Tuesday, July 14, 2015

Chicago Fire Week #2: The floating firehouse

Photo by Chad Kainz, Chicago


     It took a bit of sweet-talking, but eight years ago I got myself aboard the city's only fireboat. She was replaced in 2011 with a newer fireboat, the Christopher Wheatley, but not before a final good deed: rescuing a coyote stranded on a tiny ice flow off Fullerton Avenue.


   Among the 97 firehouses in Chicago, Engine 58 is unique in several ways. Its living quarters are the smallest. Its rig is the oldest, with the last hand-rung brass bell in the department -- or so they claim. And it has, without doubt, the wettest basement -- the channel of water between the Jardine Water Treatment Plant and Navy Pier.
     Engine 58 is a fireboat, the Victor L. Schlaeger, the last fireboat operated by the Chicago Fire Department, and if you're not excited to carefully hop from the pier onto her 92-foot-long deck on a perfect September morning, then friend, check your pulse, because you're not alive.
     "It's a floating firehouse," says Relief Lt. Art Jansky, who suggests a look below decks with a very unnautical "You wanna see downstairs?"
     It has a crew quarters, with six beds -- five firefighters man it 24 hours a day, just like any other firehouse. It has a TV, an exercise bike, a kitchen, two toilets, a shower.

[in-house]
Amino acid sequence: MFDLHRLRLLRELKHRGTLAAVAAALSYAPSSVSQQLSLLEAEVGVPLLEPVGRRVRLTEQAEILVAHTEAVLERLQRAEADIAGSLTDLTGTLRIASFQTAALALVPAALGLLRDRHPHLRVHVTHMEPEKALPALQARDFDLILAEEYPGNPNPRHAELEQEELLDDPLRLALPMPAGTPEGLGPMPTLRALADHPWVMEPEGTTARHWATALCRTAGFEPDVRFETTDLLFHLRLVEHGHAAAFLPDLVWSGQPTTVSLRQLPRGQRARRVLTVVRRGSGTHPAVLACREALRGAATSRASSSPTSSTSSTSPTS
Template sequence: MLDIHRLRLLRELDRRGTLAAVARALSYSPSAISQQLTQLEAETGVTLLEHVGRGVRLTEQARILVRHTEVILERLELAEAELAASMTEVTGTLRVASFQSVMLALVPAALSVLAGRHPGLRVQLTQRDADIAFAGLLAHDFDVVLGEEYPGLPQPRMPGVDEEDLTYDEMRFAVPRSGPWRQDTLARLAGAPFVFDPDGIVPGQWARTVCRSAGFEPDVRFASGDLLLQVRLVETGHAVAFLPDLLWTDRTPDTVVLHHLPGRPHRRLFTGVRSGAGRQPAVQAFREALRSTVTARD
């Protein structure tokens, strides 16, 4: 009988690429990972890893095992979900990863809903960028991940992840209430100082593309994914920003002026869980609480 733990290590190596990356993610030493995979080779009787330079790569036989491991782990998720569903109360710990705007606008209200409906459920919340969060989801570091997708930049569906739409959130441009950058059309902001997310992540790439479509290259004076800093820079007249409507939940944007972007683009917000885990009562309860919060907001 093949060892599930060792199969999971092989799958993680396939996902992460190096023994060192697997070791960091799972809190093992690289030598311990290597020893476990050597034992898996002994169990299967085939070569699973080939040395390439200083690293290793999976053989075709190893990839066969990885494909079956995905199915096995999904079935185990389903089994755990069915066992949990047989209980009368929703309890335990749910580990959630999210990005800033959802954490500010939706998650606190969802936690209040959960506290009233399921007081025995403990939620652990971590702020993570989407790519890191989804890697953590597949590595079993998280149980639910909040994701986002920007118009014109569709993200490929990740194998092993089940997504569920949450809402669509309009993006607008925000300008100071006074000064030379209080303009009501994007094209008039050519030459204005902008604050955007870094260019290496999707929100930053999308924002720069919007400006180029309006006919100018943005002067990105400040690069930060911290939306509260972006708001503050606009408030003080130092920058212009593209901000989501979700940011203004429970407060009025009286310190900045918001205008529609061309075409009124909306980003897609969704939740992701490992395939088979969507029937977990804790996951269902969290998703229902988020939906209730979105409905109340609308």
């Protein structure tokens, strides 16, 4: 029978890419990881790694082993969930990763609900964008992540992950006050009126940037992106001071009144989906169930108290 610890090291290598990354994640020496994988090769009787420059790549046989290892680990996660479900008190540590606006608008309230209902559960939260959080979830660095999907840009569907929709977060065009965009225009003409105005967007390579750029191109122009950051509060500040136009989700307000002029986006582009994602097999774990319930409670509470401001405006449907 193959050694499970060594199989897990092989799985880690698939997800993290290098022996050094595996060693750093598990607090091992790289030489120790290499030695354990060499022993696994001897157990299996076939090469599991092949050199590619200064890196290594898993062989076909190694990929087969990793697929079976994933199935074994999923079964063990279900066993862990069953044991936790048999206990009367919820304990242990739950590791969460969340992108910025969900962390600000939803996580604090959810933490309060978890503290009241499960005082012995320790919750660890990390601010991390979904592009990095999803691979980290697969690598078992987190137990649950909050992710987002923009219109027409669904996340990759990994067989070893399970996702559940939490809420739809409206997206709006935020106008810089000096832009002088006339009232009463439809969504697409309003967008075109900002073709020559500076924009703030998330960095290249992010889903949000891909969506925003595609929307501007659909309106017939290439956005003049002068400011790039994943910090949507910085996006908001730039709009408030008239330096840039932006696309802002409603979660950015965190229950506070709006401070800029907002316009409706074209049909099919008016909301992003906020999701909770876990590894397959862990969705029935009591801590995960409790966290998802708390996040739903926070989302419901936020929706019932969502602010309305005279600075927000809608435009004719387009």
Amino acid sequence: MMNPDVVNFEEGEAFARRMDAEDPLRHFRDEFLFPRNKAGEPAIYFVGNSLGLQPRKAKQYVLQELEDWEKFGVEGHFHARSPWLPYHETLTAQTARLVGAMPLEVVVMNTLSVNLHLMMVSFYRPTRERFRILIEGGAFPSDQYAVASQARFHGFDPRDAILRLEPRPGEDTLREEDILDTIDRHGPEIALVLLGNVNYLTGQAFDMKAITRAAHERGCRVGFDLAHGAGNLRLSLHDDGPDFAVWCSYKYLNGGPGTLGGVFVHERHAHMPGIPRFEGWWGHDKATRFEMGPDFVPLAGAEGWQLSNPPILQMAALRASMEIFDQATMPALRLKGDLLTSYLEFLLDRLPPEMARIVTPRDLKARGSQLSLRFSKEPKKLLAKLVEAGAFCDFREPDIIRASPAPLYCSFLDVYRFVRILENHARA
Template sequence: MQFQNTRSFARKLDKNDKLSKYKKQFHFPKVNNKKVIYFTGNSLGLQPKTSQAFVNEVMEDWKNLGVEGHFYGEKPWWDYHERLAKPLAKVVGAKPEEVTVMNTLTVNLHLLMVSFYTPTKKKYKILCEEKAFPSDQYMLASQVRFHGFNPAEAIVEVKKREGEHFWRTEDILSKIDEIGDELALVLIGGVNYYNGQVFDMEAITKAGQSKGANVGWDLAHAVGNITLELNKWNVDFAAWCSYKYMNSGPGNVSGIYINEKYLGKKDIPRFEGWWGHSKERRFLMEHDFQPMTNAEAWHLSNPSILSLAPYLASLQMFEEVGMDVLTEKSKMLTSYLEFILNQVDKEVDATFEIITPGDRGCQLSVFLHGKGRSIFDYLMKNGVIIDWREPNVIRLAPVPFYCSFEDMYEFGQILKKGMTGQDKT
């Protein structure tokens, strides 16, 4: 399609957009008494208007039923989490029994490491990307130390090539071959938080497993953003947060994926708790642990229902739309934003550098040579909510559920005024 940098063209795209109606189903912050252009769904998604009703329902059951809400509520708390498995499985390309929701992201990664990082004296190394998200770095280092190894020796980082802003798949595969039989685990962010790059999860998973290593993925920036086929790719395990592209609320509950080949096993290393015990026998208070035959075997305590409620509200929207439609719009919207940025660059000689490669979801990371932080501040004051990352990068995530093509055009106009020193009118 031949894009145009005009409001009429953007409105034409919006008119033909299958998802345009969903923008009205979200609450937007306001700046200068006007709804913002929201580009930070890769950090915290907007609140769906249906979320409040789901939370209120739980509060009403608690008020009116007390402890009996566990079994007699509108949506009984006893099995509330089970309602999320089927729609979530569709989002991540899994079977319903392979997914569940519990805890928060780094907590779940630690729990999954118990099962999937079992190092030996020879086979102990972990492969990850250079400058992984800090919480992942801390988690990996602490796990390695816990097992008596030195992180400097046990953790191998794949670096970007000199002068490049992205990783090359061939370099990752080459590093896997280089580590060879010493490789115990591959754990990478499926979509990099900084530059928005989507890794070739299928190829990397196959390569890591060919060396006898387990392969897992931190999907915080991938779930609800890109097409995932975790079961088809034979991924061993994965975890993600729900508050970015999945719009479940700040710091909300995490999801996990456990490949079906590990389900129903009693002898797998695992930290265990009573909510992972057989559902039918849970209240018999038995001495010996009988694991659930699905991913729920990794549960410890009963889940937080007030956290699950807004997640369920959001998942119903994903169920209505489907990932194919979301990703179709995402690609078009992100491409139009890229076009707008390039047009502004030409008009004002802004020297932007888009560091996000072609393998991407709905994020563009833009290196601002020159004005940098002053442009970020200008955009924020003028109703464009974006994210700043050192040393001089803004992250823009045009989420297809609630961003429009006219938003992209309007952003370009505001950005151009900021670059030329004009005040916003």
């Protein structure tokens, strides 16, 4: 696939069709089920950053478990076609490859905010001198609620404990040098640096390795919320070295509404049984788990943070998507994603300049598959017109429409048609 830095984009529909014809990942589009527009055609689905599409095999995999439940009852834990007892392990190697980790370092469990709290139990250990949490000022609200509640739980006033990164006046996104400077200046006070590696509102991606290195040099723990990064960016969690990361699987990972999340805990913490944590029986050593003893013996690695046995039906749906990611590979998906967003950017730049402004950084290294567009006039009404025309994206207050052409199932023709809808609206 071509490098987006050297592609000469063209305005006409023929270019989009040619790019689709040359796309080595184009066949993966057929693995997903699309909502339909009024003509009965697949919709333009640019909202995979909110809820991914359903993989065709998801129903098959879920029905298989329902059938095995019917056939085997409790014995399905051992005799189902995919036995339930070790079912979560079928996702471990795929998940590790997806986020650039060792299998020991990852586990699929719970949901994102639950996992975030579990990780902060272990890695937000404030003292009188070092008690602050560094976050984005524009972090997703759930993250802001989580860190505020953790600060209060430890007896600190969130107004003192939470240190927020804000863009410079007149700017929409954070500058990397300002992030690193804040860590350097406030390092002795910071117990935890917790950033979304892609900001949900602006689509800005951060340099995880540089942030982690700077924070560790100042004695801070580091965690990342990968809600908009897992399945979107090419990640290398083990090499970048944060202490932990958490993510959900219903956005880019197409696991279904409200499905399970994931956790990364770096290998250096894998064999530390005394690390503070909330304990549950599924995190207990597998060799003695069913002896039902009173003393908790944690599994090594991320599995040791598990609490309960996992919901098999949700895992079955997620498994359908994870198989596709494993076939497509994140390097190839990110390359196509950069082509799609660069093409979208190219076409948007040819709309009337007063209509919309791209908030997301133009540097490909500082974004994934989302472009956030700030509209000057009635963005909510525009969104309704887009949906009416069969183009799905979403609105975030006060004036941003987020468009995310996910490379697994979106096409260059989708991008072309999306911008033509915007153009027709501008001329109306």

"All the comforts of home," Jansky says.

SIX DEAN HILL FIRE PUMPS
     Well, a home that moves—another unique aspect. Engine 58 is the only company that takes its firehouse out on runs. Also a home with four water cannons— "deck guns" they're called—two fore, two aft. The Schlaeger's deck guns have any truck in the department beat— the best a hose from a rolling pumper can do is 400 gallons a minute, while each of the Schlaeger's guns spews forth about 1,200 jetting, hissing, foaming gallons per minute. They have to take care, fighting fires on smaller boats, that the force of the water doesn't sink them, or spin the Schlaeger around.
     "These things will move the boat," said Engineer Dwain Williams.
     They took the fireboat out by the breakwater, and invited me to operate the deck guns, turning the big chrome wheels that raise and lower the gun and sweep the horizon. They didn't have to ask twice—maybe you need to be a boy to truly appreciate the thrill of cranking up that 4-foot-long barrel and watching the powerful stream gush forward. All that was missing was a fresh snowbank to trace my name in.
GROSS WEIGHT: 209 TONS

     The Schlaeger was built in Sturgeon Bay, Wis., in 1949. She is by no means a beautiful vessel, riding low in the water, her smokestacks cut short, the better to go under low bridges. She can float in seven feet of water, and her eight engines will push her to 14 knots. With bow plates made of steel nearly two inches thick, she'll break through eight inches of ice. In the winter, bubblers keep the water ice-free 20 feet around her berth, in case the fireboat needs a running start.
     "It's a little old, a little tattered, but you know what -- this puppy is sound," Williams said. "It'll do the job."